Strandberg said she’s fortunate to have a cheese mat and air track at home, which typically are used to practice tumbling. She’s even combined the equipment to practice vaults. Strandberg and her sister practice in their front yard, getting “some strange looks sometimes” from neighbors.
The home is not conducive to certain aspects of ballet training either. Dancers start their class with exercises at the barre — attached to the wall, students hold onto it for stabilization. Teachers and students are now using dining room chairs as a substitute, ballet director Beatson said.
Some dancers aren’t able to practice jumps, because it requires sprung flooring to prevent injuries, and exercises in pointe shoes have been reduced because home floors can be slippery.
“I have to use my own space, which is very different and was a little bit intimidating at first because I’m unfamiliar with dancing in my home, and I’ve had to adapt to learning through the screen as opposed to learning face to face. But I think we’re all adapting and it’s going pretty well,” said student Renee Amado, 15. “Zoom means everything. The fact teachers are being flexible and continuing to offer classes in this hard time is amazing. It matters because when we go back everything will be easier.”
Her classmate Sydney Jones, 17, agrees: “Ballet is a big part of my life and if I didn’t have the choice to take classes during quarantine it would make this experience so much harder for me.”
‘It keeps me motivated’
Virtual lessons aren’t only for competitive athletes. Professional fitness instructors, like Cardi Davis, offer virtual lessons for recreational students. The part-time personal trainer for the Hockessin Athletic Club teaches online from her 2-year-old son’s bedroom — which she jokes is the least cluttered room in her house.
Davis, who teaches everyone from women who want to lose baby weight to people with disabilities, even started “The No Way Challenge,” which will reward three students with prizes if they don’t gain weight over a six-week period.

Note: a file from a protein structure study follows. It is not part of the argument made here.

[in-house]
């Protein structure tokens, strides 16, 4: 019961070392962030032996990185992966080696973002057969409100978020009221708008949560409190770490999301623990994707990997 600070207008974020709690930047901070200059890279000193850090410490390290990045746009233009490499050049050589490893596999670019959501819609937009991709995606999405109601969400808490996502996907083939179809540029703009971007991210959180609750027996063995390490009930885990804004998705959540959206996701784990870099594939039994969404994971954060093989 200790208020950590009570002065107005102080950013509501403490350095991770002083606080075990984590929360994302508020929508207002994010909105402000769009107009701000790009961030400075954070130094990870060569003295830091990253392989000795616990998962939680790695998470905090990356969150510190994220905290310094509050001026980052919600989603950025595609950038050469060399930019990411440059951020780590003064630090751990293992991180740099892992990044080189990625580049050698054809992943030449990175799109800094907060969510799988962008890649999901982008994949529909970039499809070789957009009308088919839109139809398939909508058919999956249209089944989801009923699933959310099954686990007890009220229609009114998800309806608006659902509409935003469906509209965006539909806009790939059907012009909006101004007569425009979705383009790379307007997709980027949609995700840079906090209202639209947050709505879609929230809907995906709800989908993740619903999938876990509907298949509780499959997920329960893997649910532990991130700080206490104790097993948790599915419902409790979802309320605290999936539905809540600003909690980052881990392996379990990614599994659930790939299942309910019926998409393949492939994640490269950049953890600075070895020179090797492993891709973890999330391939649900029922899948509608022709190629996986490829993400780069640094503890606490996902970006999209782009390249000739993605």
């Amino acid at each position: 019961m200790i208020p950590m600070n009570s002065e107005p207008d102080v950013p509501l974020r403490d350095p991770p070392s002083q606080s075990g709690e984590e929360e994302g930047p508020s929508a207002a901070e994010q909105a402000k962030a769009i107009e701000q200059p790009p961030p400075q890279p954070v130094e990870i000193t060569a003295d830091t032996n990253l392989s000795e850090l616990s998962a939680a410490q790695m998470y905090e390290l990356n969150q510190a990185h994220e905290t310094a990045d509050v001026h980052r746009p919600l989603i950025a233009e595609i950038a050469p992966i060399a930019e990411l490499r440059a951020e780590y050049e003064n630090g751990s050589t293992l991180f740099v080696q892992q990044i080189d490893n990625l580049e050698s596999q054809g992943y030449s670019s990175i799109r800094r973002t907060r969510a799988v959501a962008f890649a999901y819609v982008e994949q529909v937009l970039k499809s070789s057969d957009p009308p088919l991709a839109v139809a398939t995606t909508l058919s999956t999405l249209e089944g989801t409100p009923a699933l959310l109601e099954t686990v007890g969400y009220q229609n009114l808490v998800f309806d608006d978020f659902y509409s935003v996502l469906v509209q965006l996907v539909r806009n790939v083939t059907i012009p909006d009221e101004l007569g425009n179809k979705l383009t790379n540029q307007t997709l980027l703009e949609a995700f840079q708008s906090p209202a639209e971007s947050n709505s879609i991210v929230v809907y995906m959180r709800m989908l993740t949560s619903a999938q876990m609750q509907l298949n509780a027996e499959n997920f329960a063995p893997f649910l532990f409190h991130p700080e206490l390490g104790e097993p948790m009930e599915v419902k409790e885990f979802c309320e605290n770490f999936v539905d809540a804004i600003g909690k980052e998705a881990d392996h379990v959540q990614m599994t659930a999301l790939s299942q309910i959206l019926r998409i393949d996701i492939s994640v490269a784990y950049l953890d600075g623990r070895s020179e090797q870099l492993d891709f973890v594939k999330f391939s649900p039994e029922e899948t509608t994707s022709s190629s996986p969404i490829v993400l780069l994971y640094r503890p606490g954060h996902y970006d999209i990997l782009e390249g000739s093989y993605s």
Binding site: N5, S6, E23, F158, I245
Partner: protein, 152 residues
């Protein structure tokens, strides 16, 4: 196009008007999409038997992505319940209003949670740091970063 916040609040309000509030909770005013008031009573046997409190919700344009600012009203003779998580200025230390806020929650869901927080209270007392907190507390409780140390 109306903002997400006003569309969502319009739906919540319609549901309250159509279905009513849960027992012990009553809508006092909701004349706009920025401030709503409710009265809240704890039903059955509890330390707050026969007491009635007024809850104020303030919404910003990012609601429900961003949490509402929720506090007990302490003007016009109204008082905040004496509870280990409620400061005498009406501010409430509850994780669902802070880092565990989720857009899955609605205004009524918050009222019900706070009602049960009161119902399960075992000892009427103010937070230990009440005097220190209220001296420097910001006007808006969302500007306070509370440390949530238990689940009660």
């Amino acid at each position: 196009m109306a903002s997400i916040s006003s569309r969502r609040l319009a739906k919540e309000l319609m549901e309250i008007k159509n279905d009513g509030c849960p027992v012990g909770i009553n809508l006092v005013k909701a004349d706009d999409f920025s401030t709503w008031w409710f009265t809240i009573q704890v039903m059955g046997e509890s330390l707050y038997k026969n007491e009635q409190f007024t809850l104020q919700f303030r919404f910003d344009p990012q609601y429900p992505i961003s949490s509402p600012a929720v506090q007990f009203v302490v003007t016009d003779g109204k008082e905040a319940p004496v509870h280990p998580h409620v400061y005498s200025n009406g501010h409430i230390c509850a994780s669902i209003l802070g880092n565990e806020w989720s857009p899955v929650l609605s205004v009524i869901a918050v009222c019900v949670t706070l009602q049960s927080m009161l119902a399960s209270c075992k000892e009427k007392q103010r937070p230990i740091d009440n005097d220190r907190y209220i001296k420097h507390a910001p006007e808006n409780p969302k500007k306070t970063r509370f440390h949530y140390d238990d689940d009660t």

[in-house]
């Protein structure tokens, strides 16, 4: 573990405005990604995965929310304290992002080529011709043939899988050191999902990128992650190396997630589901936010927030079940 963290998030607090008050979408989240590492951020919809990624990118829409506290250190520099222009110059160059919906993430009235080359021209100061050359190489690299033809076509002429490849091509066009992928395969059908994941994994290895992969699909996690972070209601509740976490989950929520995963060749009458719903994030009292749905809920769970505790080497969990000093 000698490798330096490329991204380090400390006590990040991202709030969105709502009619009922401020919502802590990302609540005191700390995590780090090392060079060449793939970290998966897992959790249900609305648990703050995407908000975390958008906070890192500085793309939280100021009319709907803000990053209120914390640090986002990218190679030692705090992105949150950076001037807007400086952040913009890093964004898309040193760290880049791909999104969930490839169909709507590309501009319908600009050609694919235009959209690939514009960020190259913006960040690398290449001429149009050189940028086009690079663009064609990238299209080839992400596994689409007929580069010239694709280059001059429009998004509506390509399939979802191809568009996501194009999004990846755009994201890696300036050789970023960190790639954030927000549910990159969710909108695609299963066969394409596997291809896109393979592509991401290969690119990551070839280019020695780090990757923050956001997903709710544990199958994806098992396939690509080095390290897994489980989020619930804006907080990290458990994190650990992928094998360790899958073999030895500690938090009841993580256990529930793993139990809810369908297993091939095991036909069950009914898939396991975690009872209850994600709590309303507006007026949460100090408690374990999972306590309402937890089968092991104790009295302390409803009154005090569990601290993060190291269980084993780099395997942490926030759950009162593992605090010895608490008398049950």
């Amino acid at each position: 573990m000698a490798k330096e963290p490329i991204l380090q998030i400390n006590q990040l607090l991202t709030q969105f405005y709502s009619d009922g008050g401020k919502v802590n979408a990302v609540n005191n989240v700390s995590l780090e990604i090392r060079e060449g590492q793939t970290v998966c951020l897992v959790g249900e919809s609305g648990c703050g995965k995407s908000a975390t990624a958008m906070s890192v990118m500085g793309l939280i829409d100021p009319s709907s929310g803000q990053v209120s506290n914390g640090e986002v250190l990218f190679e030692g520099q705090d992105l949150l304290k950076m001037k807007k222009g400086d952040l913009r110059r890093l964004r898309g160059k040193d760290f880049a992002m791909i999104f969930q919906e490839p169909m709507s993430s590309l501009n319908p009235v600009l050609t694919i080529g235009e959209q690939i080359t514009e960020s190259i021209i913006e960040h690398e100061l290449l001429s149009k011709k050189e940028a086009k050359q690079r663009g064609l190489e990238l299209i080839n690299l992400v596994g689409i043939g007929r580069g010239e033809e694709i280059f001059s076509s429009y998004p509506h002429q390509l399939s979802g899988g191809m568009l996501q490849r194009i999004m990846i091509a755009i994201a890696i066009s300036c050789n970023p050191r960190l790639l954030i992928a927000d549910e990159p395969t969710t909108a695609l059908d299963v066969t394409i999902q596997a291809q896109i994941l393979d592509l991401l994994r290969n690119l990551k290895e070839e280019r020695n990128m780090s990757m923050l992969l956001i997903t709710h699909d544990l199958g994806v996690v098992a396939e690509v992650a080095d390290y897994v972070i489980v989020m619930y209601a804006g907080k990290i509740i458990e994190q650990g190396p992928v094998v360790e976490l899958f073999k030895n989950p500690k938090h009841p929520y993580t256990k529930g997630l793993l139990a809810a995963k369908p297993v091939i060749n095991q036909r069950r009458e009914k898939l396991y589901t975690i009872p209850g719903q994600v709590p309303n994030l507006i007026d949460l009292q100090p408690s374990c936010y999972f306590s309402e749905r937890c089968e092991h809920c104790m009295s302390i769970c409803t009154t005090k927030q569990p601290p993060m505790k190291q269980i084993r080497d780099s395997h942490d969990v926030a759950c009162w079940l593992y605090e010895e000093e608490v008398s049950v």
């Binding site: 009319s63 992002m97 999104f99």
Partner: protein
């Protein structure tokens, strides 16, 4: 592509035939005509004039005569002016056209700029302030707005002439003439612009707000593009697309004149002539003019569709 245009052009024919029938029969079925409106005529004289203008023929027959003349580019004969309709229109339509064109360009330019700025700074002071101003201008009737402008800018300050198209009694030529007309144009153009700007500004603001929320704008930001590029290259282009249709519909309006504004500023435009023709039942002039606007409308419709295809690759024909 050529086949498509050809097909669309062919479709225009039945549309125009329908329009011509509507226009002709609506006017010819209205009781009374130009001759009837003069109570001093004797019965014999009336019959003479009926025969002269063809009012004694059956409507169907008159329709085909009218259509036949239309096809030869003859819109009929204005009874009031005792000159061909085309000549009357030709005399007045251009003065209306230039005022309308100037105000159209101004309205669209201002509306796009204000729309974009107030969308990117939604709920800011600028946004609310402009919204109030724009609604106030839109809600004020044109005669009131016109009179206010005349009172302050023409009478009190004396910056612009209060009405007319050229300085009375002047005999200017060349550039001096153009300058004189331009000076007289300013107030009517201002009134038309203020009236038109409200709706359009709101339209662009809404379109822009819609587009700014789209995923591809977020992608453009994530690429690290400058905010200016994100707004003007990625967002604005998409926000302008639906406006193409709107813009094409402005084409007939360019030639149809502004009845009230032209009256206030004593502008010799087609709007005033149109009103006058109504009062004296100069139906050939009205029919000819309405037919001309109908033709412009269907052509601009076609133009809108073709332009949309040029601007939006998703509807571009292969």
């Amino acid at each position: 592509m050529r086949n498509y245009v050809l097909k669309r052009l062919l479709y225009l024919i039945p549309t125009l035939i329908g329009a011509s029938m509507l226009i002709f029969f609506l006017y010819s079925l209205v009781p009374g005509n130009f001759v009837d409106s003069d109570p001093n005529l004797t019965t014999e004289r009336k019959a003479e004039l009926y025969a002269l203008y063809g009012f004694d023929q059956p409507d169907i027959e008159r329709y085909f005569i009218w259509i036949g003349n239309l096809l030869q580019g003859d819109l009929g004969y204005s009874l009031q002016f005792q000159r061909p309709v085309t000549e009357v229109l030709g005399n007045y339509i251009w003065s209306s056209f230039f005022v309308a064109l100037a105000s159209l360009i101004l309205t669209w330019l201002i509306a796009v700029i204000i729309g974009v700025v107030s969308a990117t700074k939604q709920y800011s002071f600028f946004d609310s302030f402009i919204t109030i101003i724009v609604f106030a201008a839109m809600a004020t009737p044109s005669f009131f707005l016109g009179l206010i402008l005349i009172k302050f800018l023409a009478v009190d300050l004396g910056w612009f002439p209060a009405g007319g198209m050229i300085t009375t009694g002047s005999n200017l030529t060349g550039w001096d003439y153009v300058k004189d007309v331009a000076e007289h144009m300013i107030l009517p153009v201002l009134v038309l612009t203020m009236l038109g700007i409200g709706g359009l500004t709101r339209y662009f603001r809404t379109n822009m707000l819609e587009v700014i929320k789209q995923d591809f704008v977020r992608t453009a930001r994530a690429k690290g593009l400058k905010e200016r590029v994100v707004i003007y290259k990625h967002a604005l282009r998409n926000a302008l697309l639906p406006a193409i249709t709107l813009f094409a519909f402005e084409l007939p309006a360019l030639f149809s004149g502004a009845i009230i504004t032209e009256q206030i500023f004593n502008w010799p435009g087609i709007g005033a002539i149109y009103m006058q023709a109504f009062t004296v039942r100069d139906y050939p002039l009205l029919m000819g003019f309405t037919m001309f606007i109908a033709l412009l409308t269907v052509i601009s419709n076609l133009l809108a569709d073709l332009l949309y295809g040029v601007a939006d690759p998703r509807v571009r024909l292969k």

“It encourages them to still eat clean and do other workouts when they’re not meeting with me,” she said. “I hear people say, ‘I’ve already gained 10 pounds and can’t stop eating because I’m home all day.’”
Her student Chimere McLean was taking fitness classes to prepare for her first Spartan Race in May. While the event might be canceled or postponed, McLean still wants to stay in shape — and the Zoom classes offer one-on-one feedback that a DVD or YouTube video doesn’t.
“She challenges me. If I know she’s watching, I put in a little more effort,” she said with a laugh. “If it’s just me I go, ‘Oh my gosh, I’m so tired.’ But she won’t let you quit. So, it keeps me motivated, and I can ask her questions if I’m doing it right.”
Davis’ colleague Dina Saitis has moved her living room coffee table and chairs to teach fitness classes.
Saitis has found the silver lining of quarantine: being able to pick up new students in California and Florida, thanks to Zoom. While most students don’t have weights at home, they’re able to do bodyweight exercises and high-intensity interval training.
“It is an antidepressant. Exercise is your way to keep away the demons,” Saitis said. “It’s also important to stay as healthy as possible and keep your immune system in top running condition, especially in this climate.”